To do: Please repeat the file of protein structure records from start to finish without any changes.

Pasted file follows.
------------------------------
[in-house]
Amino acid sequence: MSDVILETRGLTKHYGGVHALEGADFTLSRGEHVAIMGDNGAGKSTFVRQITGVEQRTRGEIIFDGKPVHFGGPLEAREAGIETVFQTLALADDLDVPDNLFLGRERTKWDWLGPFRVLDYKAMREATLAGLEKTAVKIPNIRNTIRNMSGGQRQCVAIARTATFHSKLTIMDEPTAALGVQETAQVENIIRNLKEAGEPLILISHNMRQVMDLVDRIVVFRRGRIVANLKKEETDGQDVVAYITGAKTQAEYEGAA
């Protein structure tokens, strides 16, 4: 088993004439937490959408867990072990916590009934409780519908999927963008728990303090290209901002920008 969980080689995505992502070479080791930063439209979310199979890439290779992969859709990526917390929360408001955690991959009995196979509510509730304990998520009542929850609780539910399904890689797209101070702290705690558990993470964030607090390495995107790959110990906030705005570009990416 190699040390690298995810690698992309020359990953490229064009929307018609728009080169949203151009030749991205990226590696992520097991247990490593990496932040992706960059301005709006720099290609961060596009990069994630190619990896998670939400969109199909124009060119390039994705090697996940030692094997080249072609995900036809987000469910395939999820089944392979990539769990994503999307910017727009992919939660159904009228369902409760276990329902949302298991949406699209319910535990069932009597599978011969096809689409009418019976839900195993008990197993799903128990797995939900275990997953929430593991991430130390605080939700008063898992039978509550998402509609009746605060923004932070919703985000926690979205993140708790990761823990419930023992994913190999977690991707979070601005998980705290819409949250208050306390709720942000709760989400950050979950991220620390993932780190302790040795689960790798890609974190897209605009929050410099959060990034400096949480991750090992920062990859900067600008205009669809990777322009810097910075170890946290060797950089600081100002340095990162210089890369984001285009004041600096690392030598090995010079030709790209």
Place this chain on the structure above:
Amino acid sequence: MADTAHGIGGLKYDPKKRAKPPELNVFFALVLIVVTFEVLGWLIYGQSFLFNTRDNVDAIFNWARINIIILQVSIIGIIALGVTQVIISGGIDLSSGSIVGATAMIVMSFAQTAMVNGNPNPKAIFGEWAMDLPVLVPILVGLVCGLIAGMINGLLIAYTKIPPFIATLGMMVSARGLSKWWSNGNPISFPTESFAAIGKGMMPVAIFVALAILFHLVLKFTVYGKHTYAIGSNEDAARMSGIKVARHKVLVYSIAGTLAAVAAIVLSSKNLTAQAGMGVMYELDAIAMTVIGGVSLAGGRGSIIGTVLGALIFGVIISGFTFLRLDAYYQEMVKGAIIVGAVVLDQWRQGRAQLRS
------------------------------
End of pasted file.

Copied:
[in-house]
Amino acid sequence: MSDVILETRGLTKHYGGVHALEGADFTLSRGEHVAIMGDNGAGKSTFVRQITGVEQRTRGEIIFDGKPVHFGGPLEAREAGIETVFQTLALADDLDVPDNLFLGRERTKWDWLGPFRVLDYKAMREATLAGLEKTAVKIPNIRNTIRNMSGGQRQCVAIARTATFHSKLTIMDEPTAALGVQETAQVENIIRNLKEAGEPLILISHNMRQVMDLVDRIVVFRRGRIVANLKKEETDGQDVVAYITGAKTQAEYEGAA
């Protein structure tokens, strides 16, 4: 088993004439937490959408867990072990916590009934409780519908999927963008728990303090290209901002920008 969980080689995505992502070479080791930063439209979310199979890439290779992969859709990526917390929360408001955690991959009995196979509510509730304990998520009542929850609780539910399904890689797209101070702290705690558990993470964030607090390495995107790959110990906030705005570009990416 190699040390690298995810690698992309020359990953490229064009929307018609728009080169949203151009030749991205990226590696992520097991247990490593990496932040992706960059301005709006720099290609961060596009990069994630190619990896998670939400969109199909124009060119390039994705090697996940030692094997080249072609995900036809987000469910395939999820089944392979990539769990994503999307910017727009992919939660159904009228369902409760276990329902949302298991949406699209319910535990069932009597599978011969096809689409009418019976839900195993008990197993799903128990797995939900275990997953929430593991991430130390605080939700008063898992039978509550998402509609009746605060923004932070919703985000926690979205993140708790990761823990419930023992994913190999977690991707979070601005998980705290819409949250208050306390709720942000709760989400950050979950991220620390993932780190302790040795689960790798890609974190897209605009929050410099959060990034400096949480991750090992920062990859900067600008205009669809990777322009810097910075170890946290060797950089600081100002340095990162210089890369984001285009004041600096690392030598090995010079030709790209």
Place this chain on the structure above:
Amino acid sequence: MADTAHGIGGLKYDPKKRAKPPELNVFFALVLIVVTFEVLGWLIYGQSFLFNTRDNVDAIFNWARINIIILQVSIIGIIALGVTQVIISGGIDLSSGSIVGATAMIVMSFAQTAMVNGNPNPKAIFGEWAMDLPVLVPILVGLVCGLIAGMINGLLIAYTKIPPFIATLGMMVSARGLSKWWSNGNPISFPTESFAAIGKGMMPVAIFVALAILFHLVLKFTVYGKHTYAIGSNEDAARMSGIKVARHKVLVYSIAGTLAAVAAIVLSSKNLTAQAGMGVMYELDAIAMTVIGGVSLAGGRGSIIGTVLGALIFGVIISGFTFLRLDAYYQEMVKGAIIVGAVVLDQWRQGRAQLRS